Her sanity flashes dangerously in and out of existence. Her skin burns underneath her clothes. Every wound on her body flares up and burns her once more. She recalls her childhood. Her mother remarried. Her step-grandmother despised her mum. When her mum wasn’t around, she would throw hot coals at her. Seeing the burns on her daughter, her mum would fight with her step-grandmother. But eventually she gave up. Her mother decided to just shut up and dress her wounds as best she could. After all, she couldn’t risk getting dumped by her new husband.

The young woman finds it hard to see the good in the husband her mum fell for. The only thing she knows for sure is that her step-father would rape her when her mum wasn’t around. Yes. Just like how that female student recounted earlier.

Relentless raping, month after month. Rape. Rape. Rape. Rape. Her mother and her step-father broke up in the end. She remembers the day her mother took her away. The glimmer of something in his eyes made her feet tremble, leaving her almost unable to walk.

Please stop. I don’t want to hear about it anymore. She whimpers silently. This scar from her childhood has never faded from her heart. Feeling filthy, contaminated by sin and semen, she showers sixteen times a day. Time and again she claws and scratches herself all over during her ablutions, leaving marks on her skin. Countless times she has slit her wrists, wishing to die. She covers her body to conceal the scars she got as a child from the hot coals, along with the other scars she got later in her life.

After she told her mum of the rape, the way her mum looked at her changed for good. It became like the way someone would look at a roach. She has never been able to see why she should deserve such injustice. If the value of a woman is dependent on how well she manages to steer clear of the libido of men, how does she deserve this? She, who has slept with only one man – without consent. Why should she meet with her mother’s disapproving look. Her mother, who has had several husbands and spreads her legs to welcome any man.

Her sanity flickers like flashes of lightning. After a moment tears rain down her face. She wipes them away. Once her fingers are away from her earholes, the voice creeps in again. Her tears keep pouring as the story of the rapist father goes on, crawling into her auditory orifice. She hesitates over whether to beg them to stop, but can’t muster up enough courage to do so. Her panting gets worse. But despite her condition not a single passenger seems to care enough to ask if she’s OK. Everybody is seated as if they have melted and been cast into the same mould as their seats.

The van pulls over to the side of the road. The driver demands the passengers get to the bottom of this missing fare. Everyone stops talking. She unplugs her fingers from her ears. The driver keeps pressuring. ‘Who hasn’t paid? Please pay it now. My boss is gonna accuse me of stealing. My life is hard, too. Alright. We are not going anywhere until we figure this out.’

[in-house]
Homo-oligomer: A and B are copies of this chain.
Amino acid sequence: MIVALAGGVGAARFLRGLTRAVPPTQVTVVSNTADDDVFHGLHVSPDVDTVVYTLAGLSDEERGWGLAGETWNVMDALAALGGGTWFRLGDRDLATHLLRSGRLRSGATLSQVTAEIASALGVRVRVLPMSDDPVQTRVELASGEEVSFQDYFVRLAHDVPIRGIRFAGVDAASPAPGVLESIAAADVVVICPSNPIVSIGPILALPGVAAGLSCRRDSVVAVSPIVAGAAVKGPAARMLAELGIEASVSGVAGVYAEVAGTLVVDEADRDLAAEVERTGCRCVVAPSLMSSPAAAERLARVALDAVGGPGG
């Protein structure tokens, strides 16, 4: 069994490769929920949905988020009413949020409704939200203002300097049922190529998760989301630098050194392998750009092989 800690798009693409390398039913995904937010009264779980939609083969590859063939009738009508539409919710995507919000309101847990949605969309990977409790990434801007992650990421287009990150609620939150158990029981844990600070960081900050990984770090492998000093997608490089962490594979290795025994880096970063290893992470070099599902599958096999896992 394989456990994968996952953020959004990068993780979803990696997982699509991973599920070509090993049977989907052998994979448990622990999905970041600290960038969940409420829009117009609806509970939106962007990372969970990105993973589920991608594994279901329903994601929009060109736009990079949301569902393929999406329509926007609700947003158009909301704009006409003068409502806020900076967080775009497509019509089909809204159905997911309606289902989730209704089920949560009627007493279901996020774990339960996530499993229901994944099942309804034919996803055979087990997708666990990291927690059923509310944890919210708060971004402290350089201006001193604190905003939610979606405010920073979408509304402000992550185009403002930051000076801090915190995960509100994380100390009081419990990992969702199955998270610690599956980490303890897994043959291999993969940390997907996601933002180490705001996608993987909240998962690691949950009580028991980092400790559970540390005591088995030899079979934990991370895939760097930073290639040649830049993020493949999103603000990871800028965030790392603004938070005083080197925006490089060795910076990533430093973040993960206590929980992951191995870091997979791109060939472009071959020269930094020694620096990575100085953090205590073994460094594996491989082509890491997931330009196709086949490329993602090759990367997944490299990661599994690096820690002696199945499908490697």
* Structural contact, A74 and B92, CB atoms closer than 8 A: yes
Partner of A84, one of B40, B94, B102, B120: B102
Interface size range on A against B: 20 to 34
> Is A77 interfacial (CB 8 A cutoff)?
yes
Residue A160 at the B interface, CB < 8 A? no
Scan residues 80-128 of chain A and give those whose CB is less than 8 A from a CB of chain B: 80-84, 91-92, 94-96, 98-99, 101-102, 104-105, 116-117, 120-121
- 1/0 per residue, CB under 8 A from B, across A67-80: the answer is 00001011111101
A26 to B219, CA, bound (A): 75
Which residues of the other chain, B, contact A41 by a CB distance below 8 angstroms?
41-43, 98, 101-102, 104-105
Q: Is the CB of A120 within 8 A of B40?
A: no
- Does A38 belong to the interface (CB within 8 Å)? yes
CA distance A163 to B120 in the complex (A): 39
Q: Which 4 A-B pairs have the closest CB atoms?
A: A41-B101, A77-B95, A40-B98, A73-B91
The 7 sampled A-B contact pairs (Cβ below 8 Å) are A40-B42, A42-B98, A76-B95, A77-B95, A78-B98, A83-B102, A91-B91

All faces turn and look at one another, left and right. The young woman hears the voices inside the other passengers’ heads. The van can’t stop here. Everyone has somewhere to go. The culprit should just confess. No one wants to pay twice just to be done with this shit? But I’m not going to be that person. Quick. I’m in a hurry. Adversarial feelings hang in the air. Finally, there’s silence. No one says a word.

The van is sweltering, her clothes suffocating, her past insufferable. On top of everything, the story she just heard was too horrendous for her ears. The air in the van is tense and filled with animosity.

She can’t stand it any longer. She gets up, opens the door and steps out of the van onto the sidewalk.

‘Oh. Getting out here, are you? No money to pay the fare?’ the driver cries out furiously. She hears his words. She knows full well the woman who was sitting next to her saw her put her money into the bucket – and there’s surely someone else who knows the culprit. But no one utters a word. Nobody cares enough to want to know what is making her act this way, plugging her ears, crying, heaving for air. And now nobody cares that she is leaving the van.

The reflection on a shop window reveals the fare-dodger reaching over to close the door. The van pulls away. She staggers into the 7-11 in front of her with tears streaming down her face. The cashier greets her: ‘Seven-Eleven, welcome!’

This world is heinous. She stumbles, falls down and weeps. People just turn blind eyes on whoever commits a crime, or cries, or is about to die, or whatever. But how can we judge these people? After all, the law doesn’t mandate that people be kind to each other.

The cashier who greeted her earlier walks over to ask if she’s doing alright. She looks up with her teary eyes, wanting so bad an act of kindness. But her heart shatters when she sees what his eyes say:

What’s wrong with this little bitch? Get out. Don’t cry in front of the ice-cream freezers.